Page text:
8. DTH Subscriber is a home, residential multiple dwelling unit or commercial unit that receives our video programming broadcast directly via a geosynchronous satellite.
  9. MMDS Subscriber is a home, residential multiple dwelling unit or commercial unit that receives our video programming via a MMDS.
  10. Internet Subscriber is a home, residential multiple dwelling unit or commercial unit that receives internet services over our networks, or that we service through a partner network. Our Internet Subscribers exclude 53,000 digital subscriber line (“DSL”) subscribers within Austria that are not serviced over our networks. Our Internet Subscribers do not include customers that receive services from dial-up connections. In Switzerland, we offer a 2 Mbps internet service to our Basic and Enhanced Video Subscribers without an incremental recurring fee. Our Internet Subscribers in Switzerland include 100,000 subscribers who have requested and received this service.
  11. Telephony Subscriber is a home, residential multiple dwelling unit or commercial unit that receives voice services over our networks, or that we service through a partner network. Telephony Subscribers exclude mobile telephony subscribers. Our Telephony Subscribers exclude 41,300 subscribers within Austria that are not serviced over our networks. In Switzerland, we offer a basic phone service to our Basic and Enhanced Video Subscribers without an incremental recurring fee. Our Telephony Subscribers in Switzerland include 57,200 subscribers who have requested and received this service.
  12. Pursuant to service agreements, Switzerland and, to a much lesser extent, the Netherlands offer enhanced video, broadband internet and telephony services over networks owned by third-party cable operators (“partner networks”). A partner network RGU is only recognized if there is a direct billing relationship with the customer. At December 31, 2015, Switzerland’s partner networks account for 139,500 Customer Relationships, 284,400 RGUs, 104,400 Enhanced Video Subscribers, 106,600 Internet Subscribers, and 73,400 Telephony Subscribers.

Additional general notes to tables:

Most of our broadband communications subsidiaries provide telephony, broadband internet, data, video or other B2B services. Certain of our B2B revenue is derived from small or home office (“SOHO”) subscribers that pay a premium price to receive enhanced service levels along with video, internet or telephony services that are the same or similar to the mass marketed products offered to our residential subscribers. All mass marketed products provided to SOHOs, whether or not accompanied by enhanced service levels and/or premium prices, are included in the respective RGU and customer counts of our broadband communications operations, with only those services provided at premium prices considered to be “SOHO RGUs” or “SOHO customers”. With the exception of our B2B SOHO subscribers, we generally do not count customers of B2B services as customers or RGUs for external reporting purposes.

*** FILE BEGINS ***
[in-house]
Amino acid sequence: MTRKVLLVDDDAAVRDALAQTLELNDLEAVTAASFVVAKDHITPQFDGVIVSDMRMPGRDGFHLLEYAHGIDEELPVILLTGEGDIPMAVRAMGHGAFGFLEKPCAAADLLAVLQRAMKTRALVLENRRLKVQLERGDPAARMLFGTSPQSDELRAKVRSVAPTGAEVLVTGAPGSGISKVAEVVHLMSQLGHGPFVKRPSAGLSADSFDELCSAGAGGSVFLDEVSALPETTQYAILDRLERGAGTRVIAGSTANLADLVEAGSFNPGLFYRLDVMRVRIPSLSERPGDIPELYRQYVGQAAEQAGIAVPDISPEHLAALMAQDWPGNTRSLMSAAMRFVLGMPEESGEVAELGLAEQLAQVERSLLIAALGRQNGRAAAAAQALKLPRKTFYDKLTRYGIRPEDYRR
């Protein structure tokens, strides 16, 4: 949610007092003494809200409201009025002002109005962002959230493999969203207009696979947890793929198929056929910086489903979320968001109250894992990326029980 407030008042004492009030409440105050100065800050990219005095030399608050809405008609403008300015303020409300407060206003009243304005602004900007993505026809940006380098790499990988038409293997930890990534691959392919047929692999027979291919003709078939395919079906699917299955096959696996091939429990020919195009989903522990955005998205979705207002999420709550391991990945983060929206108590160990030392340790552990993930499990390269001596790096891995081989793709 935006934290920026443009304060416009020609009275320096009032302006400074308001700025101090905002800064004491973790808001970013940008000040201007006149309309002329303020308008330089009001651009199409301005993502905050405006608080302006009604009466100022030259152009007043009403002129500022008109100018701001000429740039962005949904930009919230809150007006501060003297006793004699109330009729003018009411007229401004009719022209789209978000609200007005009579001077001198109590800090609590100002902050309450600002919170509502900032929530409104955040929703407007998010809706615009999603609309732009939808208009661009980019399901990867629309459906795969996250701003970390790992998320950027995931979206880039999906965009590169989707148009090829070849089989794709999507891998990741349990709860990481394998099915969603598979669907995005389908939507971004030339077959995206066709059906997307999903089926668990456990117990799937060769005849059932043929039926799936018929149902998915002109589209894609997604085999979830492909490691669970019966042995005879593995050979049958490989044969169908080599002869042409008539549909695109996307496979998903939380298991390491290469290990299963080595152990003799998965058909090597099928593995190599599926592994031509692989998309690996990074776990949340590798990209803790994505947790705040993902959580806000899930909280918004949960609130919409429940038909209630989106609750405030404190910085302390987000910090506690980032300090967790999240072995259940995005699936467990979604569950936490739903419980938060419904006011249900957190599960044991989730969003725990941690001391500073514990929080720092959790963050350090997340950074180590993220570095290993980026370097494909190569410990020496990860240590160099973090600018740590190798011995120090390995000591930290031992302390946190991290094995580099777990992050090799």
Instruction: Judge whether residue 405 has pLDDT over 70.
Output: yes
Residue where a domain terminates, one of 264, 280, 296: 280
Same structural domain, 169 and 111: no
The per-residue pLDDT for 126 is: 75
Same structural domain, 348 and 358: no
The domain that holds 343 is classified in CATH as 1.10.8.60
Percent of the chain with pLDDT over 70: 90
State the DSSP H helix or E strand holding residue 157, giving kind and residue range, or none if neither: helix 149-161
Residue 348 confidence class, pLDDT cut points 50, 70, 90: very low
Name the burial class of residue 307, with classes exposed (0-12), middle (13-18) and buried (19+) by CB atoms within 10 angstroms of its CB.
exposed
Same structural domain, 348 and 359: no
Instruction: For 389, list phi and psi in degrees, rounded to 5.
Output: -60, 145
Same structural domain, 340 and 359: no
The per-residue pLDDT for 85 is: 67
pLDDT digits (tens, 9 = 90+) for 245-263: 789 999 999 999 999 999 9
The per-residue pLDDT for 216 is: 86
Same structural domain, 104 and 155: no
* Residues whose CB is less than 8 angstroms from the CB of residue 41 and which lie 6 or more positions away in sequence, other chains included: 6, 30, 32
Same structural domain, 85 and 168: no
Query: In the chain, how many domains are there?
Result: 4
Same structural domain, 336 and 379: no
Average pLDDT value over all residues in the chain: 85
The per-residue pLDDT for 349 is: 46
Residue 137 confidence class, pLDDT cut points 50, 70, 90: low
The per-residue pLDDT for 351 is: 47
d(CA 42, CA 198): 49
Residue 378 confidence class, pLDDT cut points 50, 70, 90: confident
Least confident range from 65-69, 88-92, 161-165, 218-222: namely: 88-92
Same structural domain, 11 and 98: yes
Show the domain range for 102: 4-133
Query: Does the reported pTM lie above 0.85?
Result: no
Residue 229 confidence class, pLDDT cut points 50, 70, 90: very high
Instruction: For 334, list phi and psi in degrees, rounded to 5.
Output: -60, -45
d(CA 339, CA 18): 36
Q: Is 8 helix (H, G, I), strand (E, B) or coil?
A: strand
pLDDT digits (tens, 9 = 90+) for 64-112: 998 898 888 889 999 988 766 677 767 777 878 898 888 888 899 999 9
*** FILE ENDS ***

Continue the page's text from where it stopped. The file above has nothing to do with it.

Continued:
Certain of our residential and commercial RGUs are counted on an EBU basis, including residential multiple dwelling units and commercial establishments such as bars, hotels and hospitals in Chile and Puerto Rico and certain commercial and residential multiple dwelling units in Europe (with the exception of Germany and Belgium, where we do not count any RGUs on an EBU basis). Our EBUs are generally calculated by dividing the bulk price charged to accounts in an area by the most prevalent price charged to non-bulk residential customers in that market for the comparable tier of service. As such, we may experience variances in our EBU counts solely as a result of changes in rates. In Germany, homes passed reflect the footprint and two-way homes passed reflect the technological capability of our network up to the street cabinet, with drops from the street cabinet to the building generally added, and in-home wiring generally upgraded, on an as needed or success-based basis. In Belgium, Telenet leases a portion of its network under a long-term capital lease arrangement. These tables include operating statistics for Telenet's owned and leased networks.

While we take appropriate steps to ensure that subscriber statistics are presented on a consistent and accurate basis at any given balance sheet date, the variability from country to country in (i) the nature and pricing of products and services, (ii) the distribution platform, (iii) billing systems, (iv) bad debt collection experience and (v) other factors add complexity to the subscriber counting process. We periodically review our subscriber counting policies and underlying systems to improve the accuracy and consistency of the data reported on a prospective basis. Accordingly, we may from time to time make appropriate adjustments to our subscriber statistics based on those reviews.

Subscriber information for acquired entities is preliminary and subject to adjustment until we have completed our review of such information and determined that it is presented in accordance with our policies.

Promotional videos

The promotional videos included in this online Annual Report are examples of recent marketing campaigns. The videos may contain information and product offerings that are no longer valid.